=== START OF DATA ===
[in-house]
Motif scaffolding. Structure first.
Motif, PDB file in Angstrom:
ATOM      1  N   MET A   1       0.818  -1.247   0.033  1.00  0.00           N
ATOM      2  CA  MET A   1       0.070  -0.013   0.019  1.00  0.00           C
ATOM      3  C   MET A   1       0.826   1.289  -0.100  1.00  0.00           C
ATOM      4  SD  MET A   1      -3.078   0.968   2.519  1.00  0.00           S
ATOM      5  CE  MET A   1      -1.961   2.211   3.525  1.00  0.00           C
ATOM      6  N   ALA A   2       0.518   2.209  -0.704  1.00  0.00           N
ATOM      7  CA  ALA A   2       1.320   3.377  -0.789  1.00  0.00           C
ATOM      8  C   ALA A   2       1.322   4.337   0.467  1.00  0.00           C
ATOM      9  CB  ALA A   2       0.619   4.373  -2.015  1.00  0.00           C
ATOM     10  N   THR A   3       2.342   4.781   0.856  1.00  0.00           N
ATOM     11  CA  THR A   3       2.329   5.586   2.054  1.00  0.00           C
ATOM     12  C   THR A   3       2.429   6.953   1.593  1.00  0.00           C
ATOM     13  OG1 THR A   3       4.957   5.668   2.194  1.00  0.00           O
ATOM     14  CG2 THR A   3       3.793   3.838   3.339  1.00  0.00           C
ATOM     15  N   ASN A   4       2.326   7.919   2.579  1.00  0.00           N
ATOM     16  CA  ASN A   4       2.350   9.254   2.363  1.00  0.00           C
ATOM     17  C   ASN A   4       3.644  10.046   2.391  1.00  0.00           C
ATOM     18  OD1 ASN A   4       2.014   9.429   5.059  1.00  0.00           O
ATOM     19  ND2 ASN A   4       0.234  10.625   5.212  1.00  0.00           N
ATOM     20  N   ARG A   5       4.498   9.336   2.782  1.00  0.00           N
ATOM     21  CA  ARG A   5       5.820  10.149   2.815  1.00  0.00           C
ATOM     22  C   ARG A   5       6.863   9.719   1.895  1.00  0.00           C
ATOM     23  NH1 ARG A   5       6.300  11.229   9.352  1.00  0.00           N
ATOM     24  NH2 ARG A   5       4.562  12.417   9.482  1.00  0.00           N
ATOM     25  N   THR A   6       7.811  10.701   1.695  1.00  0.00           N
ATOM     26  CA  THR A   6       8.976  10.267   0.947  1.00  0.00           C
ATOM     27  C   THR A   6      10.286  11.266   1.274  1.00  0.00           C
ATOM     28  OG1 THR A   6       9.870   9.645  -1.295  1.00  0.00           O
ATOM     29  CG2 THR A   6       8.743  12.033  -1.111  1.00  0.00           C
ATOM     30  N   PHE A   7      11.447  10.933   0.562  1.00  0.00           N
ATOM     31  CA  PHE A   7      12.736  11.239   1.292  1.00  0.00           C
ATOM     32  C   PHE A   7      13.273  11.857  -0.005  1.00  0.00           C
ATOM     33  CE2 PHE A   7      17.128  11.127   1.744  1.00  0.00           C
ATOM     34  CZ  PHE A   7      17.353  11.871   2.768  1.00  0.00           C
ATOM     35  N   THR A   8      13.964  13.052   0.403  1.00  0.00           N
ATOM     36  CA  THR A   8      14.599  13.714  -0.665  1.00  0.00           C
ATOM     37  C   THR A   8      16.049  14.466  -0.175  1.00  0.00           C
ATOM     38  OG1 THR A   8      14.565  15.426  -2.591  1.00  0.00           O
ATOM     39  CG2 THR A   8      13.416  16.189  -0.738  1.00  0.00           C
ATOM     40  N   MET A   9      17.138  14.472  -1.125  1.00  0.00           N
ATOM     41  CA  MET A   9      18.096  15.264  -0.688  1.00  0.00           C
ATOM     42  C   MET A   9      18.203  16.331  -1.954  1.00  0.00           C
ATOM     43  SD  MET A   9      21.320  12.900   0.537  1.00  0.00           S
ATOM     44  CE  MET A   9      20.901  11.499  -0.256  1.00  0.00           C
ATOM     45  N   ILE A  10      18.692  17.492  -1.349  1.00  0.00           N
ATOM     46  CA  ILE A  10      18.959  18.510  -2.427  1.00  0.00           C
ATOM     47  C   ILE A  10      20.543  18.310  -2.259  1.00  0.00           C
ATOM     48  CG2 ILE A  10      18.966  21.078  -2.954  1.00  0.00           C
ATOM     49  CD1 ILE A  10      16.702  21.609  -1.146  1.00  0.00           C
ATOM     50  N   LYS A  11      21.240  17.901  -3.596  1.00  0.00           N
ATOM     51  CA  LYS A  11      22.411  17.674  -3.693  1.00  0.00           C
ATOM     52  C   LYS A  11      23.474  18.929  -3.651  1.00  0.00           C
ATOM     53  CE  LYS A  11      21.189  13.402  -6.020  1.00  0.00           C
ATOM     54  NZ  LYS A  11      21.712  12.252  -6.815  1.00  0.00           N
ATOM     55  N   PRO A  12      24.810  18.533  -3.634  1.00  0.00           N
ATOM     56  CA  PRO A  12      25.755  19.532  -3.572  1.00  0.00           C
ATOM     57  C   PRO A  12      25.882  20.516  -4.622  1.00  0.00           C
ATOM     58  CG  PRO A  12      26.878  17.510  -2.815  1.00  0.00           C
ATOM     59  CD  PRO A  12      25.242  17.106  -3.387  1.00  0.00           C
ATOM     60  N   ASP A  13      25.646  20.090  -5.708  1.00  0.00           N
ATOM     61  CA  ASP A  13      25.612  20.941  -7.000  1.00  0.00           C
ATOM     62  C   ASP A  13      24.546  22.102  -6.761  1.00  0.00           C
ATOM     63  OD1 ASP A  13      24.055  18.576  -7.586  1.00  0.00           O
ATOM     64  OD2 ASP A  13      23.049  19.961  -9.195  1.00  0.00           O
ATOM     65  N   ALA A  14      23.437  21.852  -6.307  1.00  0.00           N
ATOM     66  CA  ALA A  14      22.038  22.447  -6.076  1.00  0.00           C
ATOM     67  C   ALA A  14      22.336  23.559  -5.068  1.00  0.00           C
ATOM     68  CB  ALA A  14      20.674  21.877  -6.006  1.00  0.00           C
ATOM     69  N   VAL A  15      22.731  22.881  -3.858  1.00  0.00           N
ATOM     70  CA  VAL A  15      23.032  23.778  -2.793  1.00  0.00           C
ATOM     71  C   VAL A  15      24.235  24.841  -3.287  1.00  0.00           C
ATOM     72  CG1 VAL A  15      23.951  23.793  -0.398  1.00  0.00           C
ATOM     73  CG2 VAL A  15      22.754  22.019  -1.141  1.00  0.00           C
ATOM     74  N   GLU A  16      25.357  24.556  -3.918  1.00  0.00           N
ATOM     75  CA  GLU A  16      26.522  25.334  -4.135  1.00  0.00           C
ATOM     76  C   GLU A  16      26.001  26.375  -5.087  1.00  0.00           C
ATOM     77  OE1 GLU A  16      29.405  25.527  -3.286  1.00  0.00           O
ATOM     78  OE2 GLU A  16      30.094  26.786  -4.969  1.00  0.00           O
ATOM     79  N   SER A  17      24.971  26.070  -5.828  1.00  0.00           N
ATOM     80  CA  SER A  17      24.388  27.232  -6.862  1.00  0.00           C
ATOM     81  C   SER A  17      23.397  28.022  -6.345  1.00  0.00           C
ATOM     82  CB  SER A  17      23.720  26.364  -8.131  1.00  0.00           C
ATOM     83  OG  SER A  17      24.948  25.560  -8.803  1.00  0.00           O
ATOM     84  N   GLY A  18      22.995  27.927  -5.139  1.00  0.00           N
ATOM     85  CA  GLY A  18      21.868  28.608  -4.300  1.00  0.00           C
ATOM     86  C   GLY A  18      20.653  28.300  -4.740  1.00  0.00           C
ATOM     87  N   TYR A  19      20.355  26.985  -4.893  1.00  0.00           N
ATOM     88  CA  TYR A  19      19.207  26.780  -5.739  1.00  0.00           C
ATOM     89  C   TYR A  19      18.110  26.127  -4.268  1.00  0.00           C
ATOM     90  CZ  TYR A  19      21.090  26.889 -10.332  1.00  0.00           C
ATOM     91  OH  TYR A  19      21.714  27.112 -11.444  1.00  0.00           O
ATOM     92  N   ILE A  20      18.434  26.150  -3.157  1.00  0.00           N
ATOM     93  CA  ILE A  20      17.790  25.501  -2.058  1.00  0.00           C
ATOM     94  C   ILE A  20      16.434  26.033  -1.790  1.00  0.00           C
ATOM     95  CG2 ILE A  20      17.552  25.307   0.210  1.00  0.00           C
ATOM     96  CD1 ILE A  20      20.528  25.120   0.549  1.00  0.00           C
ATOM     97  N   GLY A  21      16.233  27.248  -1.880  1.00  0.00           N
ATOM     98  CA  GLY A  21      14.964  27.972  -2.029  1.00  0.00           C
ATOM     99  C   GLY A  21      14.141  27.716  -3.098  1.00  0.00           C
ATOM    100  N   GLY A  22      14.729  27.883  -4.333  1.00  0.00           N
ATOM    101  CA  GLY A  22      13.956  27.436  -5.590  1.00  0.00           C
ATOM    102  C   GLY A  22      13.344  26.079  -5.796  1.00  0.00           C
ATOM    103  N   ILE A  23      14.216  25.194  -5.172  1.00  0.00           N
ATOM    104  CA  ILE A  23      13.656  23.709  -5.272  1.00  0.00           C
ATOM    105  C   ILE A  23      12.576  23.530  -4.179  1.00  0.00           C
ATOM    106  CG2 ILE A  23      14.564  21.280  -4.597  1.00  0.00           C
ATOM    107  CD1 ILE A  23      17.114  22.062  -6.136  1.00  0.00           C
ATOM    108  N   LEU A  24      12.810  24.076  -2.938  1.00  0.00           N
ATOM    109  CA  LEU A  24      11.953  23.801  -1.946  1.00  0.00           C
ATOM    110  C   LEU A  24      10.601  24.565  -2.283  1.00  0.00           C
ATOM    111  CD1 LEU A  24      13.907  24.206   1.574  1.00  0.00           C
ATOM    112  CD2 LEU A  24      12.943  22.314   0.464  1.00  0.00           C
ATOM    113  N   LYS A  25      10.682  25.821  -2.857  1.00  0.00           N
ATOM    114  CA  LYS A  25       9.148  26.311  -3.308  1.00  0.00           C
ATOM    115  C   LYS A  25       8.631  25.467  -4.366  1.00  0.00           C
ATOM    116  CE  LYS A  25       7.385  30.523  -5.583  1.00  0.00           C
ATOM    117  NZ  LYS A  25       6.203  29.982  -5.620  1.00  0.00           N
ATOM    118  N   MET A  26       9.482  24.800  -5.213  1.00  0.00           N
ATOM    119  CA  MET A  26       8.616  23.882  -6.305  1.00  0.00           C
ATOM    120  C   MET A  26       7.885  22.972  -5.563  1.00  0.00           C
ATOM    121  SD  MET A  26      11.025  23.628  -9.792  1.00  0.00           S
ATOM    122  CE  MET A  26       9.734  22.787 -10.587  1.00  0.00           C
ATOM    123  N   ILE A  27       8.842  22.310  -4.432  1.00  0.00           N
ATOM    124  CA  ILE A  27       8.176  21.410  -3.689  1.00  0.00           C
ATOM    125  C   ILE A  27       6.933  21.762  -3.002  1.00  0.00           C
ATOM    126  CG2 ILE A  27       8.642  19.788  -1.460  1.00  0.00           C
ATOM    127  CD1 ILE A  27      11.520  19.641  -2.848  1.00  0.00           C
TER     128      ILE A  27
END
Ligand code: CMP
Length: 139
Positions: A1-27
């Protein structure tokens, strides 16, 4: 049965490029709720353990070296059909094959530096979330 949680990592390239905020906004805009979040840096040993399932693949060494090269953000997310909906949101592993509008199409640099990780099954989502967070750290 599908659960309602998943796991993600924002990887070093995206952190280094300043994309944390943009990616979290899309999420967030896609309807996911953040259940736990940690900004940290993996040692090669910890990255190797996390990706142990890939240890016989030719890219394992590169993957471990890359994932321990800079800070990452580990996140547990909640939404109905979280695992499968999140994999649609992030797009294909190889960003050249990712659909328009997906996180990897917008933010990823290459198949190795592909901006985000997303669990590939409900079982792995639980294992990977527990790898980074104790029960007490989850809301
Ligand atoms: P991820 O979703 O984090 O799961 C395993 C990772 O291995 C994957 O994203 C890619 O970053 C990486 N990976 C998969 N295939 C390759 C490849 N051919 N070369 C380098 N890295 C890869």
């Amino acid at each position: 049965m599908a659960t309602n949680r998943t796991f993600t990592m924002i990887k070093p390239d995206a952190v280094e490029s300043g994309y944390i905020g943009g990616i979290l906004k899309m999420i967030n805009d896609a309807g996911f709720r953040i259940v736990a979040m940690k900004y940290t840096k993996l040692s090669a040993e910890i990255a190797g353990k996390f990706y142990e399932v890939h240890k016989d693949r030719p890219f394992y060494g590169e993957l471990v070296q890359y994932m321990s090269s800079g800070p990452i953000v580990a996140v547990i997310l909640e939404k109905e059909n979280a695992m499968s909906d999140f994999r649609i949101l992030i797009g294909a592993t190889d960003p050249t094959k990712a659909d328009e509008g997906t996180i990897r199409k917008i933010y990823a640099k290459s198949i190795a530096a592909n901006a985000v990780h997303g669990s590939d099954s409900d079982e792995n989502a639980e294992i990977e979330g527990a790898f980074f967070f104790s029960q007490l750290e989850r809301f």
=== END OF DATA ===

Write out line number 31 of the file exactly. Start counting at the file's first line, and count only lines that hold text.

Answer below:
ATOM     28  OG1 THR A   6       9.870   9.645  -1.295  1.00  0.00           O